That portended more unreasonableness to me. Would you live with a landlady like that? I told her I'd leave in a month when I'd found a more suitable place. She said, in that case, you have to leave now. Long story short, I spent a month or so flitting from friend to friend, sofa to couch.

Another friend of mine found a place. It looked ok in photos. Then he arrived and it looked like a hurricane had gone through a dumpster. He was so depressed he lay in bed for two days. He cleaned it up, but hated it, and the housemate messed up both the living room and the kitchen to such an extent that it was impossible to cook. He found another place and had a verbal agreement to move there. But all of a sudden, he was told the landlord had taken in someone else.

By this time, I'd taken his place because I was desperate and Aalborg has a serious accommodation shortage. He didn't want to live there anymore and bunked in with another friend. I loathed it too. The housemate would even cook and dump his dirty pots and pans and plates and other things in the sink before going on long holidays. I slept elsewhere whenever I could.

Then, our semester ended and we moved out. The guys who rented their room to my friend and I accused us of breaking their window, and refused to return us our security deposit, which amounts to close to 400 Euro. By this time, neither of us were in Aalborg anymore. We couldn't have gotten the money earlier because the guy who rented it to us was overseas. Then, he cut contact with us. He won't even return me the change from the repairs.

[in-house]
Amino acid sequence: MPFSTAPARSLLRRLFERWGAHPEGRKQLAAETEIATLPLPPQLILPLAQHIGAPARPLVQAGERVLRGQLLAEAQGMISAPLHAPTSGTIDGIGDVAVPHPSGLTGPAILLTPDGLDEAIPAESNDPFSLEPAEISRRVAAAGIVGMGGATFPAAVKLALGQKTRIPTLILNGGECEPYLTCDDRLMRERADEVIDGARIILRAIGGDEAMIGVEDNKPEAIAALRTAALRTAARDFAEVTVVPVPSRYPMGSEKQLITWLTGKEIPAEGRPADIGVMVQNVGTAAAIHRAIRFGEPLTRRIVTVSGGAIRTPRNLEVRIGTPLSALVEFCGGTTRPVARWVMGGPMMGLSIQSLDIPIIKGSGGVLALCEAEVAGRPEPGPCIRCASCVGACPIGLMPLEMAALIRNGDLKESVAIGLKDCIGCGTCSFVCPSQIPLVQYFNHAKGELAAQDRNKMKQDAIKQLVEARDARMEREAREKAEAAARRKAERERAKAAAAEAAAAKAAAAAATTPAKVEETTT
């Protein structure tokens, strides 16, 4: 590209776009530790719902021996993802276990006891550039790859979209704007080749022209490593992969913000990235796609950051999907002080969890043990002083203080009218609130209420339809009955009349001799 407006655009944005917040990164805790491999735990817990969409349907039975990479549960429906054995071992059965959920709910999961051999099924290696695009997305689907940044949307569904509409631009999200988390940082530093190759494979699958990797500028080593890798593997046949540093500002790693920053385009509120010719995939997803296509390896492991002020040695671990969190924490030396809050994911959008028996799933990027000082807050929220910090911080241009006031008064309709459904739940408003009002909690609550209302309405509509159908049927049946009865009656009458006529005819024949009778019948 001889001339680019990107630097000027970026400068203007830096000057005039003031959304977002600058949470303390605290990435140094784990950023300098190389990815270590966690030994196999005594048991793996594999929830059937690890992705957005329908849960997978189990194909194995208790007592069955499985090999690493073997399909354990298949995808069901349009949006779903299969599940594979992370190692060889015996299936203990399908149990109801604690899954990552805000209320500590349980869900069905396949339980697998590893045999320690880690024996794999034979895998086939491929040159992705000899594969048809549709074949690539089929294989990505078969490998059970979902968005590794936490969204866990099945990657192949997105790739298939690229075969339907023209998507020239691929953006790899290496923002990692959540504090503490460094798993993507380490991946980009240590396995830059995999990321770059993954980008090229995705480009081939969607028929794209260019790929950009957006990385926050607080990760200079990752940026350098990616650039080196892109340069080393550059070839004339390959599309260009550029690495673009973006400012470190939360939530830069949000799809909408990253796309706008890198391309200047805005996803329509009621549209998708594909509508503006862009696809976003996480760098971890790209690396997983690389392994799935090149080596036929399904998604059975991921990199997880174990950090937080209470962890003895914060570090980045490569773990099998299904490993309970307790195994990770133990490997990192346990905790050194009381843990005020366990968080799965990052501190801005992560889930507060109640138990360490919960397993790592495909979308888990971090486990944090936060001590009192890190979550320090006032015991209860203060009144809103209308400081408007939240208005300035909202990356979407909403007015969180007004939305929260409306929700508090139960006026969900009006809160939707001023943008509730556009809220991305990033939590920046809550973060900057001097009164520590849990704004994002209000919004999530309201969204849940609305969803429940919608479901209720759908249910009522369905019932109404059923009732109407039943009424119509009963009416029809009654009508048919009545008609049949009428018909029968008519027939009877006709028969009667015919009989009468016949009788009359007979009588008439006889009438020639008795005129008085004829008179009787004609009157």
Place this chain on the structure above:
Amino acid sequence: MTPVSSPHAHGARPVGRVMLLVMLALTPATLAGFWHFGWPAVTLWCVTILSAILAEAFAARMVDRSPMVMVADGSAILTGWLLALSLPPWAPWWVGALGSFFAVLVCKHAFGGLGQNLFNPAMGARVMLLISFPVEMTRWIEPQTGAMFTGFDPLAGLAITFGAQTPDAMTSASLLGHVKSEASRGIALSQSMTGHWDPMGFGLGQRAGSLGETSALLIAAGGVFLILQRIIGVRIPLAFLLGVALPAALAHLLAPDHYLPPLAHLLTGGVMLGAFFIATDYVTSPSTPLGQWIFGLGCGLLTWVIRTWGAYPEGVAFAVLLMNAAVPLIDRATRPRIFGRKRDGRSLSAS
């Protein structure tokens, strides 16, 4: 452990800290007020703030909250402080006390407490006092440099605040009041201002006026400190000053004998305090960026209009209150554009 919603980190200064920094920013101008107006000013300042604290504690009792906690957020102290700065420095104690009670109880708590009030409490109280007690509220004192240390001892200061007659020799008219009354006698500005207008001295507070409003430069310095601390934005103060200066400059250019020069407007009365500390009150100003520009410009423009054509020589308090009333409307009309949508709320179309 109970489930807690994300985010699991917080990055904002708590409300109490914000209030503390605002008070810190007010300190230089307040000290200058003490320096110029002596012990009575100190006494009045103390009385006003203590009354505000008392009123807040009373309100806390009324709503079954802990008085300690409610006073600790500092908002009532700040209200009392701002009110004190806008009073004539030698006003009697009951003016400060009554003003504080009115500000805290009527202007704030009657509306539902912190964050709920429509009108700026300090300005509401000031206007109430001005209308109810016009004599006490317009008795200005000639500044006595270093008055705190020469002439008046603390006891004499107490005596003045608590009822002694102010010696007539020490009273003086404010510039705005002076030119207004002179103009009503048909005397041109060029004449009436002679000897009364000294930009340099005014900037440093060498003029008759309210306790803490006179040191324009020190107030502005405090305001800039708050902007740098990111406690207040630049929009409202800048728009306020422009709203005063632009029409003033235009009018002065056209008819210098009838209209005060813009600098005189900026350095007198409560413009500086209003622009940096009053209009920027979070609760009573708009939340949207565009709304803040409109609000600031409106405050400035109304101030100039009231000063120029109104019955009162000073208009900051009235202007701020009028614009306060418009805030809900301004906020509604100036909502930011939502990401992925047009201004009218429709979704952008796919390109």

We got scammed.

During my stay, another friend of mine had been paying over 400 Euro for her room. She found out that the price was the rent for the entire apartment, not just for the room. She'd accepted the deal because she thought that rent was generally expensive. Aalborg is expensive, but this was another scam.

So, be extremely careful when you rent in Aalborg. Take pictures of everything in the house the moment you move in and send them to the landlord right away. It's a bad, bad place when it comes to accommodation.